add a unit number and tick box to RSF4 is you want the
      model to simulate surface seepages (and remeber to
      turn this unit on in Model - Surfact - RSF4 package).

      Model - Paths to models: set modflowwin32 option to
      DO NOT USE; put in correct path for surfact in the
      modflow box.

      I can't think of anything else right now - I always
      forget one thing and spend a couple of hours wondering
      why surfact won't run. If you have any difficulties
      it would be helpful to know if the surfact Dos window
      displays and if so, what it says in the window.

      * The most common problem when using SURFACT is
      setting up the program file. Select Model/Paths to
      Models. Change the MODFLOWwin32 Option at the top to
      "do not use". That tells Vistas that you are not
      using one of our model DLLs. Then change the MODFLOW
      program from MFWIN32.DLL to whatever your SURFACT
      program is (usually it is msft.exe).

      * I believe that if you are using the latest version
      of SURFACT (V2.2) that problem 1. below is no longer
      an issue. It used to be that SURFACT could only open
      a limited number of files but that is no longer the
      case. Also, if you upgrade to Vistas Version 4 and
      SURFACT V2.2 the link between the two programs is
      easier to establish. The same holds true for all of
      the other versions of MODFLOW that Vistas supports
      (MODFLOW88, MODFLOW96 in double precision,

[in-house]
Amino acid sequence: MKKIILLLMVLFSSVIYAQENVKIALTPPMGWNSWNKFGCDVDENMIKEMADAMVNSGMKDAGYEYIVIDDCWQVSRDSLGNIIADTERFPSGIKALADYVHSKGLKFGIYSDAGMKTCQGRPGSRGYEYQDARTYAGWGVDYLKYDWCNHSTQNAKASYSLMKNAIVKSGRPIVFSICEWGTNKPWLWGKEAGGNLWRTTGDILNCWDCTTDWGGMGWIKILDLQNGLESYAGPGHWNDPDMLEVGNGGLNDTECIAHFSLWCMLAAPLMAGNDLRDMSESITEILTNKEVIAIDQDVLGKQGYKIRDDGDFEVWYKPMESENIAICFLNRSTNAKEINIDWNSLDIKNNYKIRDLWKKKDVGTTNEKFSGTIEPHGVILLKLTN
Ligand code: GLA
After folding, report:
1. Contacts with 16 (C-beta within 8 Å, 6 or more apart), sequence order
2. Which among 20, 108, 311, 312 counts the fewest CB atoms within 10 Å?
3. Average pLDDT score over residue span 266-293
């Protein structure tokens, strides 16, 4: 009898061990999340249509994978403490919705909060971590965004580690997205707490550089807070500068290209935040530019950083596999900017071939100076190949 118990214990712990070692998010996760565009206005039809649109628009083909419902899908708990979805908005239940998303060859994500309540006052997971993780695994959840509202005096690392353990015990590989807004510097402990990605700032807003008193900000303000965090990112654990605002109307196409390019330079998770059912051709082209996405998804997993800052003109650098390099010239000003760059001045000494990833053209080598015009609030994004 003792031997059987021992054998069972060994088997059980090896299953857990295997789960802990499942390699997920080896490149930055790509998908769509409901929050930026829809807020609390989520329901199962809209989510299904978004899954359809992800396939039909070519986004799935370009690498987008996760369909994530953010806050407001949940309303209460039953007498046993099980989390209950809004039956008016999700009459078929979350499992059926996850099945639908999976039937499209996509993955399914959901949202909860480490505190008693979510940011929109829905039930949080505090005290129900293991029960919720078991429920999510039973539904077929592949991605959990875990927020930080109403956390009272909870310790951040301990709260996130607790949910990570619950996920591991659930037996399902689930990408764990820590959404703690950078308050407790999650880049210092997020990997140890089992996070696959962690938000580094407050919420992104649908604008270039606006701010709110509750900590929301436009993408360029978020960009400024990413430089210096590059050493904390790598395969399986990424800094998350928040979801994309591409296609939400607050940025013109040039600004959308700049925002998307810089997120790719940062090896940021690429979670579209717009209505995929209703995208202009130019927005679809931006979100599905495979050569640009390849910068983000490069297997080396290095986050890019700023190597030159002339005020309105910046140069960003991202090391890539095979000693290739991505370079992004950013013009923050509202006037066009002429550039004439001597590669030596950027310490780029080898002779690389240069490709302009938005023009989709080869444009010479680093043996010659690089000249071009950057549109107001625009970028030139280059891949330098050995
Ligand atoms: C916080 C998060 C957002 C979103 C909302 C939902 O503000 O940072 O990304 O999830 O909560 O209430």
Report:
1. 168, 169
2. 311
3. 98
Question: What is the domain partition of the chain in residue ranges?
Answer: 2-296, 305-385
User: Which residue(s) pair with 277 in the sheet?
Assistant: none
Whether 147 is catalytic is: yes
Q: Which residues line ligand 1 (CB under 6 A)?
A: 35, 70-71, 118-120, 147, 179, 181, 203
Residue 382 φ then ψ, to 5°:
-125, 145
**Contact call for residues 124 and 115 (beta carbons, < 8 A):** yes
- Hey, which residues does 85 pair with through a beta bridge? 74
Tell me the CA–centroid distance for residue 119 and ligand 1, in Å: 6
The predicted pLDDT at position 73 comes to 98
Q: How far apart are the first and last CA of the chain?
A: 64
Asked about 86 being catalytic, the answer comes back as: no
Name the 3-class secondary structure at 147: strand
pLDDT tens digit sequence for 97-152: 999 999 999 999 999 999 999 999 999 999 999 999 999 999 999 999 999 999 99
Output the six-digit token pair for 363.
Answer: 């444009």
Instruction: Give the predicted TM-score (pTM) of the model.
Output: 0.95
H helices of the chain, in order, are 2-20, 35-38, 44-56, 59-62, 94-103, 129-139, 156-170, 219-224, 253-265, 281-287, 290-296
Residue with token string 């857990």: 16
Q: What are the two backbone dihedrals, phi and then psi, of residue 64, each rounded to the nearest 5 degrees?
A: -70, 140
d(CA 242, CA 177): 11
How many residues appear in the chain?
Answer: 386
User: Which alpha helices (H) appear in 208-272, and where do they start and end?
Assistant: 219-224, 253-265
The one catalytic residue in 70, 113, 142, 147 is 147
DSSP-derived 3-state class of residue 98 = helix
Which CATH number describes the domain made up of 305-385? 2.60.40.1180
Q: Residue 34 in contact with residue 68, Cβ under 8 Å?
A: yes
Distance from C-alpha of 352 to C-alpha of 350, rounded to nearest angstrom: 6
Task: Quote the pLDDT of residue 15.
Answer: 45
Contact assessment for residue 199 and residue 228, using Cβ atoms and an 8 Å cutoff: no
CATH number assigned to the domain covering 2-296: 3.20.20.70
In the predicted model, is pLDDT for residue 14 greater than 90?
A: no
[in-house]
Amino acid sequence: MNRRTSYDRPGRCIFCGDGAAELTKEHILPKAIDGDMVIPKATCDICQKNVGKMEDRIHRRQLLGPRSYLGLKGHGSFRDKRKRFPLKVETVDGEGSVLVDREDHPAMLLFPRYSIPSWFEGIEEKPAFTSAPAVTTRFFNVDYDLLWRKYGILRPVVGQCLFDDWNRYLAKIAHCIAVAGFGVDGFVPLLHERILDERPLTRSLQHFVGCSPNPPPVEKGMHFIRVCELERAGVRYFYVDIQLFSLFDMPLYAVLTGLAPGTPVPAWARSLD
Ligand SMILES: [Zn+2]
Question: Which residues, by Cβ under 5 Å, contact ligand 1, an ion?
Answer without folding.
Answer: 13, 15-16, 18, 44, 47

* VS2DI or VS2DT, being a Richards equation-based
      models have certain PROs and CONs when used for
      groundwater recharge estimation:

      Pros: the Richards equation models are the most
      theoretically based and allow representation of the
      flow processes in porous mediums more realistically
      than the water-balance models. They have been well
      tested against field and laboratory experiments and
      proved to provide good correlation with observed

      Cons: the major complicity of the Richards equation,
      comparing to the saturated flow models, is that its
      coefficients are non-linear functions of the pressure
      potential. To approximate these functions, three
      different algebraic equations are usually used (named
      after their authors): Brooks and Corey's, Gardner's,
      and van Genuchten's. Richards equation can be solved
      with a very limited number of boundary conditions. The
      condition for water at the boundary can be specified
      either as the flux of water across the boundary, the
      head at the boundary or as a combination of specified
      head and specified flux. The Richards equation with
      these boundary conditions is a nonlinear partial
      difference equation that has no close-form or
      analytical solution. To solve the Richards equation,
      a finite-difference method of numerical approximation
      is applied in VS2DI. Searching for a best numerical